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  • Rubrene FET: Nature Mater. 17, 2 (2018)
  • World's fastest OFETs
  • The 1st TMD FET (WSe2 FET): Appl. Phys. Lett. 84, 3301 (2004)
  • Ultra-flexible OFETs: Nature Comm. 3, 1259 (2012)
  • Hall effect measurements in rubrene OFETs
  • Rubrene crystals: the best organic semiconductor
  • High-mobility rubrene OFETs, Rutgers 2003
  • Molecular resolution STM images of rubrene
  • Hybrid perovskite crystals: Nature Comm. 7, 12253 (2016)
  • C8-BTBT blend OFET for Hall measurements
  • Rubrene crystals
  • Rubrene crystals
  • SAM on organic semicond.: Nature Mater. 7, 84 (2008)
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  • Ionic-liquid gating of multiferroic oxides
Rubrene FET: Nature Mater. 17, 2 (2018)1 World's fastest OFETs2 The 1st TMD FET (WSe2 FET): Appl. Phys. Lett. 84, 3301 (2004) 3 Ultra-flexible OFETs: Nature Comm. 3, 1259 (2012)4 Hall effect measurements in rubrene OFETs5 Rubrene crystals: the best organic semiconductor6 High-mobility rubrene OFETs, Rutgers 20037 Molecular resolution STM images of rubrene8 Hybrid perovskite crystals: Nature Comm. 7, 12253 (2016)9 C8-BTBT blend OFET for Hall measurements10 Rubrene crystals11 Rubrene crystals12 SAM on organic semicond.: Nature Mater. 7, 84 (2008)13 SAM on graphene: Nano Lett. 10, 2427 (2010)14 Ionic-liquid gating of multiferroic oxides15
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We are a research group based in Rutgers University Physics Department in Piscataway, New Jersey, where we study the physics of novel semiconductors. Our research tends to revolve around the following themes:

  1. Fundamentals of charge carrier transport in organic semiconductors (OFETs).
  2. The fundamental optical properties of highly ordered organic semiconductors (exciton dynamics, photo-conductivity and the photovoltaic effect).
  3. Molecular self-assembly at functional interfaces.
  4. Novel inorganic layered semiconductors (dihalcogenides and graphene).
  5. Photo-physics of hybrid (organo-inorganic) perovskites.
  6. Ionic-liquid gating of multiferroic oxides.

Watch video: High-resolution ac Hall effect measurements [video]

Watch video: Vacuum lamination approach to high-performance OFETs [video-1]

Watch video: Crystallization of TES-ADT on flexible substrates [video-2]

Fall MRS 2012, Tutorial Lecture: "Organic single crystals 101" [download file]

Latest News (click individual entry for abstract)

  1. Critical assessement of charge carrier mobility extraction in FETs. Nature Mater.
  2. Polarization-dependent photoinduced bias-stress in OFETs. ACS Appl. Mater. & Interfaces.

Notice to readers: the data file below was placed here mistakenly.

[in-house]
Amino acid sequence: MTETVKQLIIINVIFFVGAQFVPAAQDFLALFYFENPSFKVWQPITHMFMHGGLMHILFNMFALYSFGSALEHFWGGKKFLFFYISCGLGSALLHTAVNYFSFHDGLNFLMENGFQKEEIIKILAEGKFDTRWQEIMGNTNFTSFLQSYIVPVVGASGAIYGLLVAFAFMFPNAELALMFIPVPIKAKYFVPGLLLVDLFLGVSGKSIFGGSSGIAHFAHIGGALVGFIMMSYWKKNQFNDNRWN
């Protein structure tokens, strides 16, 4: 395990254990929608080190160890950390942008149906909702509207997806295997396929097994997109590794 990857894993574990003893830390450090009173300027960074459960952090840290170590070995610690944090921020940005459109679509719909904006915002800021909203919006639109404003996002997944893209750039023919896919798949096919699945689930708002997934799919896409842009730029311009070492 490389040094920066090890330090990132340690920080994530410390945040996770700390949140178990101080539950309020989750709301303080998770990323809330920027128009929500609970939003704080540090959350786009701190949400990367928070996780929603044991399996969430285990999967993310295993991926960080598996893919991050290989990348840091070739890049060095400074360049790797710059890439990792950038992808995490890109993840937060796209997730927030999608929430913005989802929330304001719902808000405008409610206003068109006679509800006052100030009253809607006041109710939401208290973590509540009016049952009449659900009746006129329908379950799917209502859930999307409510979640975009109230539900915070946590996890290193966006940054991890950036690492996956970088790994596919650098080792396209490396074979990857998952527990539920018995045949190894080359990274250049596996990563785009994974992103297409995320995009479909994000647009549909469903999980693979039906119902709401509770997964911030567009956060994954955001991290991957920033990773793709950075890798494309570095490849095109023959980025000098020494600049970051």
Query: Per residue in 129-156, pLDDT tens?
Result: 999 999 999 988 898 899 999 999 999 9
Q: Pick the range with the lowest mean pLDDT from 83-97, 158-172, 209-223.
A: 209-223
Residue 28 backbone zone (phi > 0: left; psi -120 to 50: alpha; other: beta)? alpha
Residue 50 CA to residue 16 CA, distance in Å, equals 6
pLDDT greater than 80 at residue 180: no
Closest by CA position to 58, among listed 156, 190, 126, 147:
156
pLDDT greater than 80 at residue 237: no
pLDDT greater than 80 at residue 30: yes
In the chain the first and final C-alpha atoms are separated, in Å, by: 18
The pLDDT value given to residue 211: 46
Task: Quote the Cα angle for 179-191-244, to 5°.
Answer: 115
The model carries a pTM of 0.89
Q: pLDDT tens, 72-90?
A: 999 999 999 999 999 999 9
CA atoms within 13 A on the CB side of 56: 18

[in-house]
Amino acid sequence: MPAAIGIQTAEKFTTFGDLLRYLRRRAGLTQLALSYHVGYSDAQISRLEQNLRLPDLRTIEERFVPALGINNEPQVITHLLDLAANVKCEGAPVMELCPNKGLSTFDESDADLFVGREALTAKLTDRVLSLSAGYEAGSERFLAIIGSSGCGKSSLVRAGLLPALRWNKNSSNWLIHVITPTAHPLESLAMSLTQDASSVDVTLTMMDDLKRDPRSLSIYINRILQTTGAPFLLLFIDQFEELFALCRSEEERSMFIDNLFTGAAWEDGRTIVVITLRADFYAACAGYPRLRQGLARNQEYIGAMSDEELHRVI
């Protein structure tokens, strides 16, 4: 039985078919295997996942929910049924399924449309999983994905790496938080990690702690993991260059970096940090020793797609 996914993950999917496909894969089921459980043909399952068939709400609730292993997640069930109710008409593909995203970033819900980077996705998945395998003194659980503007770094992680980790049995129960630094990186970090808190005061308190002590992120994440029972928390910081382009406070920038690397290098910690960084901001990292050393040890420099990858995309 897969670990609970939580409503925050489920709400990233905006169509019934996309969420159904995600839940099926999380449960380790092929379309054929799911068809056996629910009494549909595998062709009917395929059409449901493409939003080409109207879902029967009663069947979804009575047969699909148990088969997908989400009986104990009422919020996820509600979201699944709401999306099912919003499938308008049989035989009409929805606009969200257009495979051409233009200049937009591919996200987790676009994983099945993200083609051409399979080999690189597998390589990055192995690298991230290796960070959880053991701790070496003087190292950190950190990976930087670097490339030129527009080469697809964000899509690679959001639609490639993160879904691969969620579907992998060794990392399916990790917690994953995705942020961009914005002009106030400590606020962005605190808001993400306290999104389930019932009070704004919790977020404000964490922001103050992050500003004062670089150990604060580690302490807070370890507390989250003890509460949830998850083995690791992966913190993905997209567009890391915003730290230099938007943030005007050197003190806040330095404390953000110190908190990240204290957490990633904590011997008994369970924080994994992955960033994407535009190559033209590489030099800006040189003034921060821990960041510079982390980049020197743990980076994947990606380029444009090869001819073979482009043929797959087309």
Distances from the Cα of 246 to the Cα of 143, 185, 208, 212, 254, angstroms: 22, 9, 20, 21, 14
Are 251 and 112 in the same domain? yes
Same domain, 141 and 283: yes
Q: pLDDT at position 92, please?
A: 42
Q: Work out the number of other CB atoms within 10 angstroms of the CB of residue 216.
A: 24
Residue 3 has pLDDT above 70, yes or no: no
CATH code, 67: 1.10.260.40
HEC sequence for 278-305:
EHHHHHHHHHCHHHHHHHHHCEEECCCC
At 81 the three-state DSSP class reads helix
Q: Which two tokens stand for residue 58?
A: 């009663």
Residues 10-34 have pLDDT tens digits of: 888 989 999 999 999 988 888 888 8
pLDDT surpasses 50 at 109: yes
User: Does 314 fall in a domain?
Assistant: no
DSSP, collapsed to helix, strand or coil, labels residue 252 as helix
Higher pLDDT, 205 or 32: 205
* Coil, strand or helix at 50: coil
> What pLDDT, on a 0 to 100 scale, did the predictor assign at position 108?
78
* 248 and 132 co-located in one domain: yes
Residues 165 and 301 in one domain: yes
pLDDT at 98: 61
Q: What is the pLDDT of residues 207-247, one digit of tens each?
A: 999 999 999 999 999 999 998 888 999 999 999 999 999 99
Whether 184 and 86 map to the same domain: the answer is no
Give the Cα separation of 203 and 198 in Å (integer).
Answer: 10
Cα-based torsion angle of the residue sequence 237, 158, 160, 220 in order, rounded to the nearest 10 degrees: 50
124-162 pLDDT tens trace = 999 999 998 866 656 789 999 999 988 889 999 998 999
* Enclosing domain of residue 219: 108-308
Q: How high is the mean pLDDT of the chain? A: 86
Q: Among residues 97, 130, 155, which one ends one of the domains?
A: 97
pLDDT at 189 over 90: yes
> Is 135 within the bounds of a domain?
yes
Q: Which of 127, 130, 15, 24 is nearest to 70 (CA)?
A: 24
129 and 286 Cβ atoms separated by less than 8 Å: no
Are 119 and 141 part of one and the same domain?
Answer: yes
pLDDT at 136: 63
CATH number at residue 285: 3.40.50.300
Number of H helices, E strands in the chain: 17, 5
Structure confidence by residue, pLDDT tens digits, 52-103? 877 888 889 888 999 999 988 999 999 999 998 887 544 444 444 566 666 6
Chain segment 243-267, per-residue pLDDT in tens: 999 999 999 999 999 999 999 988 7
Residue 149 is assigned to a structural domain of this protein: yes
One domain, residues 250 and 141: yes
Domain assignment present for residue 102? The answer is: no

3. Extended carrier lifetimes and diffusion revealed in hybrid perovskites by Hall effect. Nature Comm.
  4. Intrinsic carrier mobility in hybrid perovskites is studied across phase transitions. Advanced Mater.
  5. "Partial" carrier coherence in organic semiconductors is understood. Nature Sci. Reports.
  6. High-resolution ac-Hall effect methodology for OFETs is developed. Phys. Rev. Applied.
  7. Multi-particle interactions and non-linear photoconductivity in rubrene. Nature Sci. Reports.
  8. Ionic-liquid gating of multi-ferroic oxide SrRuO3. Nature Comm.
  9. Trap healing and very high-resolution Hall effect in org. semiconductors. Nature Mater.
  10. Extremely flexible solution-processed organic devices are demonstrated. Nature Comm.
  11. Dependence of nominal μ on VG sweep rate is revealed in disordered OFETs. PCCP
  12. Bias stress effect is measured in "air-gap" OFETs. Advanced Mater.
  13. Vacuum lamination approach to fabrication of high-performance OFETs. Advanced Mater.
  14. Origin of PL spectral variability in crystalline organic semiconductors is revealed. Advanced Mater.
  15. An amazing effect of photo-triggered diffusion of molecular oxygen in a crystalline organic semiconductor is reported. Advanced Mater.
  16. The origin of the bias-stress instability in single-crystal OFETs is revealed. Phys. Rev. B
  17. A very large exciton diffusion length (LEX ~ 3-8 μm) is observed in highly ordered organic semiconductors. Nature Mater.
  18. A molecular self-assembly of silanes on organic semiconductors is discovered. Nature Mater.
  19. D. J. Ellison from the group of Prof. D. C. Frisbie (University of Minnesota) successfully applied a Kelvin Probe Microscopy (KPM) to our SAM-rubrene system. Advanced Mater.
  20. Microscopic mechanism of SAM nucleation and growth on organic surfaces is revealed. Advanced Funct. Mater.
  21. A high-density hole-doped regime in graphene is realized by growing FTS SAM on top of the single-layer graphene FETs. Nano Lett.